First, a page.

Ironically, his ability to read soon made him unhappy, for it opened up a whole new- and wretched- world for him. Reading newspapers, he realized the enormity of a people enslaved by powerful white masters • He was only twelve years old when he resolved to eventually run away.
In his autobiography Douglass is not forthcoming about how he managed to escape. He explains that his method of escape is still used by other slaves and thus he doesnot want to publicize it. • However, he reveals the details of his escape in his third autobiography, published 1881, saying that he borrowed identification papers from a friend, a free black sailor, and simply took the train to New York City.
According to Douglass, the underground railroad (an organized system of cooperation among abolitionists helping fugitive slaves escape to the North of Canada) should be called the “upperground railroad”. He honors “those good men and women for their noble daring, and applauds them for willingly subjecting themselves to bloody persecution”, but he is adamantly opposed to anyone revealing the means whereby slaves escape.
The excitement of being free is soon tempered by loneliness and fear of being captured and kidnapped. in the North, there are plenty of “man-hunters”, who are eager to take fugitive slaves back to their owners for a fee. Fortunately, Douglass meets an abolitionist who advises him to move to New Bedford, Massachusetts and take a new name. • “I gave Mr. Johnson the privilege of choosing me a name, but told him he must not take from me the name of ‘Frederick’. I must hold on to that, to preserve a sense of my identity”
One of Douglass’ central goals is to debunk the mythology of slavery. Southerners and some Northerners held certain beliefs about slavery which helped them rationalize its existence.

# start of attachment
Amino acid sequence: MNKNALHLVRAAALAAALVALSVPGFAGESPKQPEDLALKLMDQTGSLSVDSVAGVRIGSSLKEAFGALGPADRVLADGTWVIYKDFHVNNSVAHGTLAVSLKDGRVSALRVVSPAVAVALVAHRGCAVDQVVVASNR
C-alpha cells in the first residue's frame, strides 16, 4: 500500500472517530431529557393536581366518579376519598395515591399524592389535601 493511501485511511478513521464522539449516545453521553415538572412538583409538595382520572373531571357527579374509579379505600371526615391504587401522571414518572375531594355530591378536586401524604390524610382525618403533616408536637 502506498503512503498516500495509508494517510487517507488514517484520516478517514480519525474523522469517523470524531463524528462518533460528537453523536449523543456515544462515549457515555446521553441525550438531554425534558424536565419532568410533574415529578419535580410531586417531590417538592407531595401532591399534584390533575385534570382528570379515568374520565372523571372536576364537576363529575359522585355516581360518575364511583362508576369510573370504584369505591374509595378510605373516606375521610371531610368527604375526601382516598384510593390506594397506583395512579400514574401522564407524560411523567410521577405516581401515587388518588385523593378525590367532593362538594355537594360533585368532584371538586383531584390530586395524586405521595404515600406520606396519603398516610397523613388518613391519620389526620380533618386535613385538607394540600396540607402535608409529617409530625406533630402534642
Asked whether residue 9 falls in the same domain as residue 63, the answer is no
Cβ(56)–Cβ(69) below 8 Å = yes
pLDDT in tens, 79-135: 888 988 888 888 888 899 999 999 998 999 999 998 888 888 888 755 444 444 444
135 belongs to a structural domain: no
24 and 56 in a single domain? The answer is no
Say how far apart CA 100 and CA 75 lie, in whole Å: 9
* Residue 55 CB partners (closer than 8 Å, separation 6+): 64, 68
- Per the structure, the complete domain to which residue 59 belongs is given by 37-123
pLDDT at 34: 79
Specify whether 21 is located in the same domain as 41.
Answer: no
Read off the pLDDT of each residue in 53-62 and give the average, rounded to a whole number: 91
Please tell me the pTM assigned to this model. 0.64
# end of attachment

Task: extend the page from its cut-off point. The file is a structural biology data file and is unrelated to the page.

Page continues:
Some believed that slavery was justifiable because several passages from the Bible point to the descendants of Ham (Noah’s son) being destined for slavery (Genesis 9:18-27). It was believed that God cursed Ham by turning his skin black and his descendants into slaves. For Southerners, therefore, the descendants of Ham were predestined by the scriptures to be slaves.
Children of mixed-race parentage were always classified as slaves. • If the dark skin of Ham is said to be a sign of this curse, asks Douglass, then why are mullattos – some of whom have skin not significantly darker than whites – also destined by birth to be slaves?
Another myth held by Southerners was that Africans were intellectually inferior and deserved, or even needed, the white man’s care. It was, as British writer Rudyard Kipling describes, “the white man’s burden” to colonize, civilize, and christianize non-Europeans
Douglass condemns both whites and African Americans who buy into this fradulent mythology. • Slave owners and their overseers are the law. Slaves live in constant terror, scared into subservience. The control of slaves requires complete physical, as well as mental submission.
The slave system discourages solidarity among slaves. Owners encourage slaves to betray other slaves; a traitor double-crosses Douglass and prevents his first escape attempt. • Keeping slaves drunk is also one way of keeping them servile.
When owners of property died, got married, or changed their familial ties, their property often changed hands. Slaves were particularly afraid of being sold to Georgia traders because in Georgia slaves were treated even more harshly. • Appraisers valued the slaves much the same way they assessed animals.